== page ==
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Librarian Blog

So ... that was the problem

I did just OK in math when I was a sophomore at Amarillo High School in 1962-63.

Then, everything changed.

Math became completely foreign. It was no longer a language I was familiar with. It was like going into a world where people on Friday spoke English and then on Monday they spoke Japanese.

This would not have been a particularly big problem, except that you had to pass some math to get out of high school and you had to pass two years of math to get out of college, and the latter was a big, big deal because if you didn't keep your IIS deferment by staying in college you got drafted into the Army, and this was not a great time to be in the Army.

How I made it through is another story.

But, here's the thing: I always thought my failures at math after my sophomore year were MY fault. I just didn't measure up. I didn't have the right stuff. If math had been football I would have been playing checkers.

Now, it turns out that I was totally wrong. It wasn't me. It was my math teachers!

Elizabeth Green, writing in the Sunday New York Times magazine, makes a strong case that every time something changes in the world of math instruction, the teachers don't understand what to do. They get no instruction themselves. And the texts don't help, either.

Wow. What a revelation.

But, this is definitely NOT about me.

It's about the future of this nation and its economy and its government and its competitiveness.

Read the article. It seems to add up.

Time to come clean

Being a United States senator does not require one to be ethically and morally upright, as we all know.

But, gosh, you expect your Army colonel to be so.

Maybe not more run-of-the-mill officers (like those below-field-grade folks in the Air Force nuclear missile service who cheated on exams), but a COLONEL.

Here, though, we have one John Walsh, a colonel and a U.S. senator, who stands accused of plagiarizing a key paper leading up to his getting a master's degree from the Army War College in 2007.

The good senator from Montana has been found to have stolen a significant amount of this paper, including ALL the recommendations, which were swiped wholesale from four scholars' earlier published work.

The War College is "investigating" and the senator is dissimilating. Holy mackeral, he says, it was probably the result of PTSD he suffered by serving in Iraq and/or Afghanistan, where one assumes, he was NOT a lowly infantry grunt but a guy with a cushy, no doubt traumatizing, desk job.

It should not take the Army more than a couple of hours to figure this out. Everyone else has.

The senator is standing for election. Time to give him the dusty old boot.

Plagiarism is fraud, pure and simple.

Top checkouts in non-fiction

On Wednesday, I blogged about the most-checked-out fictional works during the first half of 2014.

Today, the top non-fiction checkouts: No. 1 is "Trapped Under the Sea" by Neil Swidey. No. 2 is "Duty: Memoirs of a Secretary at War" by Robert Gates. No other books came close.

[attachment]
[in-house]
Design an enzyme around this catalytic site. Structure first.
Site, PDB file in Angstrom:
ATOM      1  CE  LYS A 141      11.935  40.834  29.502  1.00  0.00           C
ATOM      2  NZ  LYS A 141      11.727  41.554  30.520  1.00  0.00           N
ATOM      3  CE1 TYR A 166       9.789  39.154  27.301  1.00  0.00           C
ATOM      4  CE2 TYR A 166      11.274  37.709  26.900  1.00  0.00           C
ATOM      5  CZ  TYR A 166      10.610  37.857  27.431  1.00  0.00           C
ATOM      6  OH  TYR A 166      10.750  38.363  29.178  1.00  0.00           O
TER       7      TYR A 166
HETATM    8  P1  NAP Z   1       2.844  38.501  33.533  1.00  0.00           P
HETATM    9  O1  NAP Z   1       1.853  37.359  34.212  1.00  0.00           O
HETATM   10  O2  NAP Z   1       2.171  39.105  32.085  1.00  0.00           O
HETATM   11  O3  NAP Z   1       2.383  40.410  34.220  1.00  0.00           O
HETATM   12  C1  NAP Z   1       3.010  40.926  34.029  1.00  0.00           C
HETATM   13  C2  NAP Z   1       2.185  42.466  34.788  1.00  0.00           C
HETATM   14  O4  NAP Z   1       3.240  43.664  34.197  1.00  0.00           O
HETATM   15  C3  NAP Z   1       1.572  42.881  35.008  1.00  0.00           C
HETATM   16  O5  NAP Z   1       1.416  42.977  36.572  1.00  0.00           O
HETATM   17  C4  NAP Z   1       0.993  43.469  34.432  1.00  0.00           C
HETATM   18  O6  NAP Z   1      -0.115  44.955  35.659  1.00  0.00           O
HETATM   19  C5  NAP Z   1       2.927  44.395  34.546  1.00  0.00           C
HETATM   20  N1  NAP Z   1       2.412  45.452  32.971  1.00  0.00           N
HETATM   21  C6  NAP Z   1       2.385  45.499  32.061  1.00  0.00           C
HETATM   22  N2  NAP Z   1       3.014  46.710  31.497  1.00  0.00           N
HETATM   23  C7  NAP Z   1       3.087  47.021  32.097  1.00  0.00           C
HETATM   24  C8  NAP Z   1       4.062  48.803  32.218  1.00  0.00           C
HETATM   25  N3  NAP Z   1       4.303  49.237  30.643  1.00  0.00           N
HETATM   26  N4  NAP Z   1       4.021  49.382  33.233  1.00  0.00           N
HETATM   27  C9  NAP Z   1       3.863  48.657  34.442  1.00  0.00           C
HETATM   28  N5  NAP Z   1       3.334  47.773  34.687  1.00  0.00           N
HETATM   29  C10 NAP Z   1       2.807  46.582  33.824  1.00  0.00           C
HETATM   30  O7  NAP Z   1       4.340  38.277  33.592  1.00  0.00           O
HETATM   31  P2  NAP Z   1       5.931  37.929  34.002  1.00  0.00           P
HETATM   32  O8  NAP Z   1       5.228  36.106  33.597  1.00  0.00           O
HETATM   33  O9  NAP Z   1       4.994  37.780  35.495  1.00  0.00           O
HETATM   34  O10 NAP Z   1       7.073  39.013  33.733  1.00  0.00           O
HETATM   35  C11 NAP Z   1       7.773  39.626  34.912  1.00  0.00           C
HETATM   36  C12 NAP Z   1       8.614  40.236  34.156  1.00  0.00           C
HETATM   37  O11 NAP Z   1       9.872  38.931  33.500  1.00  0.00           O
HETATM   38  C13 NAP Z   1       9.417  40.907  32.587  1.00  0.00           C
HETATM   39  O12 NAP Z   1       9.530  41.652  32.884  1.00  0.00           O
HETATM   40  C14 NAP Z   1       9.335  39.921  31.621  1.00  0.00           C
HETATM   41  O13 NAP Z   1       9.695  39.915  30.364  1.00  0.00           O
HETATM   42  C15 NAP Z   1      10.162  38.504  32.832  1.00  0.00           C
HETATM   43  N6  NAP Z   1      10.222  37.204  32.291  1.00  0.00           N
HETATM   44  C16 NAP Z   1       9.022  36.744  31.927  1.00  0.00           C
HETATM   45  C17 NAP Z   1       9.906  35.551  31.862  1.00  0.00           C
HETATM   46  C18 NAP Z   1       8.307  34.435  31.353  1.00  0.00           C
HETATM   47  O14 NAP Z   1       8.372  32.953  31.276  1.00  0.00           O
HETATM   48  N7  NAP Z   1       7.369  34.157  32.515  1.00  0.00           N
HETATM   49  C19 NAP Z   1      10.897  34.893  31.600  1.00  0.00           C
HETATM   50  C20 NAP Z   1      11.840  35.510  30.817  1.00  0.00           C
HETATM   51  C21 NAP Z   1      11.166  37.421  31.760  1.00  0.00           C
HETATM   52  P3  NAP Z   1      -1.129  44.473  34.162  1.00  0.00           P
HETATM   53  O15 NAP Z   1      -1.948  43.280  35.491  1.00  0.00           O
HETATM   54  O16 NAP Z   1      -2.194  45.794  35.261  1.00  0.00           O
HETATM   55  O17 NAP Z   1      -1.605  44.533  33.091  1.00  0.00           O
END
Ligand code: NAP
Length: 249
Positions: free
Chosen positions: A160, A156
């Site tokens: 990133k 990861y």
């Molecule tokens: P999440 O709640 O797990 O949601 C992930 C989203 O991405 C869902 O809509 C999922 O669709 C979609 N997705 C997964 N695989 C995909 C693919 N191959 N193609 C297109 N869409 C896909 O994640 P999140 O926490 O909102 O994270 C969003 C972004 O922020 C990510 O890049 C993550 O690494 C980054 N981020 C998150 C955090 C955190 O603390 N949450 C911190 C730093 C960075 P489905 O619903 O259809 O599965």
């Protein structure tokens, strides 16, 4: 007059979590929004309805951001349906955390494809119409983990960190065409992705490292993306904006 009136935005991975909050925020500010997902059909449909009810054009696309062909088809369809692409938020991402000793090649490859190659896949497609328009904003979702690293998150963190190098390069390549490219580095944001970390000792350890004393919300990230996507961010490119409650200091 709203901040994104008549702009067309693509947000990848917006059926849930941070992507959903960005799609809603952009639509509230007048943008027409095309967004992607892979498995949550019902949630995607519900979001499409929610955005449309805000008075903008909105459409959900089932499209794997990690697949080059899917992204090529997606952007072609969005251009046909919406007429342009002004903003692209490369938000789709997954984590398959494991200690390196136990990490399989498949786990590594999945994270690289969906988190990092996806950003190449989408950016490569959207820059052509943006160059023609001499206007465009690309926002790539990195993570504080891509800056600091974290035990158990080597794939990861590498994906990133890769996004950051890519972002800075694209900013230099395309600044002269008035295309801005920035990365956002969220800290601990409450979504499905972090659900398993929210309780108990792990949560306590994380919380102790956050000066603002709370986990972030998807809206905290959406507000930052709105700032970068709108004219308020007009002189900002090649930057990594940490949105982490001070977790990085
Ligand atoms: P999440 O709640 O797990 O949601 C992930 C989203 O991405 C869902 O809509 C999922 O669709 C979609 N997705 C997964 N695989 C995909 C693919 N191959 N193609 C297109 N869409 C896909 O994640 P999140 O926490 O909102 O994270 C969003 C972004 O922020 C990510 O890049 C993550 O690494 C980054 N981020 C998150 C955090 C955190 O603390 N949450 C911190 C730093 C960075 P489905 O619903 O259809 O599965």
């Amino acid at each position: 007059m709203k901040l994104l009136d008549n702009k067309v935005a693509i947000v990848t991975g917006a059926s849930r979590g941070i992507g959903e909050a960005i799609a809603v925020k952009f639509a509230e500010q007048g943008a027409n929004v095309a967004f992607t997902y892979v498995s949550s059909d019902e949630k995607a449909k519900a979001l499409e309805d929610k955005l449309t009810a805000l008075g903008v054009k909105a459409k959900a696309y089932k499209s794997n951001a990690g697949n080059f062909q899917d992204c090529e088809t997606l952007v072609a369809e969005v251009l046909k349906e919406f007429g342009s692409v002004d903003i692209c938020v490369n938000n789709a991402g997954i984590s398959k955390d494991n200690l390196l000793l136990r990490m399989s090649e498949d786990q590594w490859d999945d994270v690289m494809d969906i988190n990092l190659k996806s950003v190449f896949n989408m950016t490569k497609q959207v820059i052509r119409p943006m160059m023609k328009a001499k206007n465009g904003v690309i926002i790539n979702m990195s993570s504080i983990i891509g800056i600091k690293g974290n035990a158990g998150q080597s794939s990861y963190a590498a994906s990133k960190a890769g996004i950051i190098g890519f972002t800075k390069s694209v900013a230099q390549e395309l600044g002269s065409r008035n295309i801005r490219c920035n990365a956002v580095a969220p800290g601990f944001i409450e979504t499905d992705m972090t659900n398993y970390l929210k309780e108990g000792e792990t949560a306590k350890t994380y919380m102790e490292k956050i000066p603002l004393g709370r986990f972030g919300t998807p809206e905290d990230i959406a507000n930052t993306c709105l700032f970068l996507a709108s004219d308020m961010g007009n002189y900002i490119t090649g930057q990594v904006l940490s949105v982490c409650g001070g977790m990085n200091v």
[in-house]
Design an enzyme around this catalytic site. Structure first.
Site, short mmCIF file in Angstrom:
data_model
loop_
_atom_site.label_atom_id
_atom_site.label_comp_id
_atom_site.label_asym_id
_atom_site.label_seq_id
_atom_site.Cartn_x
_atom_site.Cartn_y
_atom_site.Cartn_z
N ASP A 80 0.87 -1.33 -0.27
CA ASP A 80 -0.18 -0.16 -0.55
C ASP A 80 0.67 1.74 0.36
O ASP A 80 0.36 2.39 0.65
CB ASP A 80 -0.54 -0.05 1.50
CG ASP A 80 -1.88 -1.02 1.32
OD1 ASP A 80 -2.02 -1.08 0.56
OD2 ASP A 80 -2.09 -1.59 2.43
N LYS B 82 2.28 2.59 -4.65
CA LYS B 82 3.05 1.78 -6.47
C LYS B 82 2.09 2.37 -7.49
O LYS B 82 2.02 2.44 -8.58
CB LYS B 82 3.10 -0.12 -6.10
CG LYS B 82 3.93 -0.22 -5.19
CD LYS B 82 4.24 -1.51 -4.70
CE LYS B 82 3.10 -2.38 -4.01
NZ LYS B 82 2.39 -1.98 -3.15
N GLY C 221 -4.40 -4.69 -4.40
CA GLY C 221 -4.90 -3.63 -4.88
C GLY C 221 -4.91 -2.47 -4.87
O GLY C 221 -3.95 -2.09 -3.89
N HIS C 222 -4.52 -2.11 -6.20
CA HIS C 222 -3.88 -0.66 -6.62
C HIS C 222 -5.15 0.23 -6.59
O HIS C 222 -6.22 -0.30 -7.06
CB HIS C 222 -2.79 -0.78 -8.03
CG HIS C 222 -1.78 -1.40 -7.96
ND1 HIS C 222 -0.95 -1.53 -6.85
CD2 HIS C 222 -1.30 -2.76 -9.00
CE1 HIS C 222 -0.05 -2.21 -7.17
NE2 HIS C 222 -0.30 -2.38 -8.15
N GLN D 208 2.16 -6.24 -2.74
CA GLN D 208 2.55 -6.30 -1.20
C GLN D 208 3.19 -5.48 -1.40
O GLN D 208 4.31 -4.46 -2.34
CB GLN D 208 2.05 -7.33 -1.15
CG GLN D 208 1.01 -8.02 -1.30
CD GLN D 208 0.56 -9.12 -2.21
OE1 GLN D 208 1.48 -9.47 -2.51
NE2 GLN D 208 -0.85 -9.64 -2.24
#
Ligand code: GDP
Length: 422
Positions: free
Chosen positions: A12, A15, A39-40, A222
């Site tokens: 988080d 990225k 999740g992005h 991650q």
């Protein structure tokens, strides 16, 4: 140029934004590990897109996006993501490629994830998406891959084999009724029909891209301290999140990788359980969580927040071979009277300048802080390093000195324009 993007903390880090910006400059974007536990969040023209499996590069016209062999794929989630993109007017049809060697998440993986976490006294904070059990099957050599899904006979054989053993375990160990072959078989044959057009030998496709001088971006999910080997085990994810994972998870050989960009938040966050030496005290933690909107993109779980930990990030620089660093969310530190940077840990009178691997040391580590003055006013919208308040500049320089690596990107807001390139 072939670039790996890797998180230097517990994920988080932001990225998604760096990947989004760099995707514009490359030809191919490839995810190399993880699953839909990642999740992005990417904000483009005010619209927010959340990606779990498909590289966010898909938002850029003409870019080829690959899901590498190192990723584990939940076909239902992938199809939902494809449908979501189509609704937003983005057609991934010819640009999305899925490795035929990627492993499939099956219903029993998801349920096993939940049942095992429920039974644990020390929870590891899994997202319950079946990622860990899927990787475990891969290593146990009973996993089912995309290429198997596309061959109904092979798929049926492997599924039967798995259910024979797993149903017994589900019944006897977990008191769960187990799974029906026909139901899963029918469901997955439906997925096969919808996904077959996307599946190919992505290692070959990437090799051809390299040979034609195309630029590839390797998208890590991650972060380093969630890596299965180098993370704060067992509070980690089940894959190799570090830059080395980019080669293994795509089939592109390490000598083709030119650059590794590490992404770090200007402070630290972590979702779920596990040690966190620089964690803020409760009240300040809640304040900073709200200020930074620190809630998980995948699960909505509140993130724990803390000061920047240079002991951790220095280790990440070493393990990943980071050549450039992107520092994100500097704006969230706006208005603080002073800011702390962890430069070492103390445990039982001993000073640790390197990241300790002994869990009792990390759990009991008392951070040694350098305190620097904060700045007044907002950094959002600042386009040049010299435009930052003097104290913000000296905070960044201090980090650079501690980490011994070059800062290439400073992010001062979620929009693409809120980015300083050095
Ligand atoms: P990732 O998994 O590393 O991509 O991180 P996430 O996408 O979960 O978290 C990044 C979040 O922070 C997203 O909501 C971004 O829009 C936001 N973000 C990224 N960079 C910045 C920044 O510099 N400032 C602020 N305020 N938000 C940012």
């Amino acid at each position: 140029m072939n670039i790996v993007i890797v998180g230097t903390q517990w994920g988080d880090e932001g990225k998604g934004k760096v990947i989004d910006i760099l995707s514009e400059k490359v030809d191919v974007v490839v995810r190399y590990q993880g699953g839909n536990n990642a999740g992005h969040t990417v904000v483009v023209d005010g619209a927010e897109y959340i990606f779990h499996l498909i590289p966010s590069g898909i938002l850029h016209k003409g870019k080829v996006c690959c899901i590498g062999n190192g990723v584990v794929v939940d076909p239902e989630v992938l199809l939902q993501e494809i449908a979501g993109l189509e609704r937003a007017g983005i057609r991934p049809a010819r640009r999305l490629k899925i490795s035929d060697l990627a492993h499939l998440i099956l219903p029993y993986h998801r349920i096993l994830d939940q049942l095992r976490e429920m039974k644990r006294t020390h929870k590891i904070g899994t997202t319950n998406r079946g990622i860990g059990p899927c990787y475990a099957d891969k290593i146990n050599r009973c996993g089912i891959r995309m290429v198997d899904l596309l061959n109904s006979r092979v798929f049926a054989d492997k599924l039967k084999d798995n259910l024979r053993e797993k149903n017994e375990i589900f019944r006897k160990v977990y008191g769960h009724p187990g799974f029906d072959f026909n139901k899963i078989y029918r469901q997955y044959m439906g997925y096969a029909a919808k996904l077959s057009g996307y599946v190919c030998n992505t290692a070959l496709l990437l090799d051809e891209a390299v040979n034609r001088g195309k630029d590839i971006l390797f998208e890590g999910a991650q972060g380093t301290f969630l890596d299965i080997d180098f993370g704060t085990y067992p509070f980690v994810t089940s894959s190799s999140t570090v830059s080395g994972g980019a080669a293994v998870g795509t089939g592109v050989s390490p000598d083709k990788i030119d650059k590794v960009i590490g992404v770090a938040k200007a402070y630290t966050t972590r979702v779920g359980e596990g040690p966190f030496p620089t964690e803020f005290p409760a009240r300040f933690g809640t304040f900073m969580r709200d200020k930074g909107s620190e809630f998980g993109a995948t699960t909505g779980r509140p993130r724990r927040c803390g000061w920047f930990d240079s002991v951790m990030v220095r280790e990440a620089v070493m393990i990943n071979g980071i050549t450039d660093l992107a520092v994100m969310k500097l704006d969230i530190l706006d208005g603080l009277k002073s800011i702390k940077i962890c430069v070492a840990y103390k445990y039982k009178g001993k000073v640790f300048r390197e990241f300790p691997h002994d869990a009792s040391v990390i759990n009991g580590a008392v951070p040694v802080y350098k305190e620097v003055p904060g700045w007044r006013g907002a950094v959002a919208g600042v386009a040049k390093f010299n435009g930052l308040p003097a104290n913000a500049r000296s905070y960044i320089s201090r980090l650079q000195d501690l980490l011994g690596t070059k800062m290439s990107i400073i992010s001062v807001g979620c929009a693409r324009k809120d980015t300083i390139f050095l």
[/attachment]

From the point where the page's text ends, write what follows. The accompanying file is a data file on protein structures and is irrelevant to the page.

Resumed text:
I don't know how those compare to the top sellers for the first six months, nationwide.

Wish I had said that ...

In a blistering essay in the book section of The New York Times on Sunday, David Lehman skins, guts and chops into itty bitty pieces the academic elites in this country.

His report is aimed at broadening a discussion about poetry, which is regularly declared dead and unlikely to be revived.

But, in the course of that purpose, he has some scathing words about intellectual life in these United States. In the midst of his extended and finely argued rant, though, comes a stunning reference to an article in The Wall Street Journal written by Heather Mac Donald that says that UCLA has eliminated its core English requirements that students read Chaucer, Shakespeare and Milton, requiring them instead to read "alternative rubrics of gender, sexuality, race and class."

In Lehman's mind, this coup "is but one event in a pattern that would replace a theory of education based on a 'constant, sophisticated dialogue between past and present' with a consumer mind-set based on narcissism and political self-interest."

The situation he describes throughout his essay is not just deplorable, but also scandalous.

Right-wing nuts don't have a corner on moral outrage. Just ask me.

Our own "best sellers"

The last blog was about the Top 20 best-sellers according to Nielsen.

Today, I'm bringing you the local story.

"Missing You" by Harlan Coben is the book that was most checked out by patrons in the first six months of this year.

We have four copies of that book, and they have been checked out a total of 34 times. Demand seems to be cooling off, because we now have one book available on the shelf.

"Gods of Guilt" by Michael Connelly is No. 2 with 30 total checkouts.

At the No. 3 slot, we had a tie between "Take Down 21" and "Killer" with 19 each.

In Friday's blog I'll write about the top nonfiction books checked out in the first six months.

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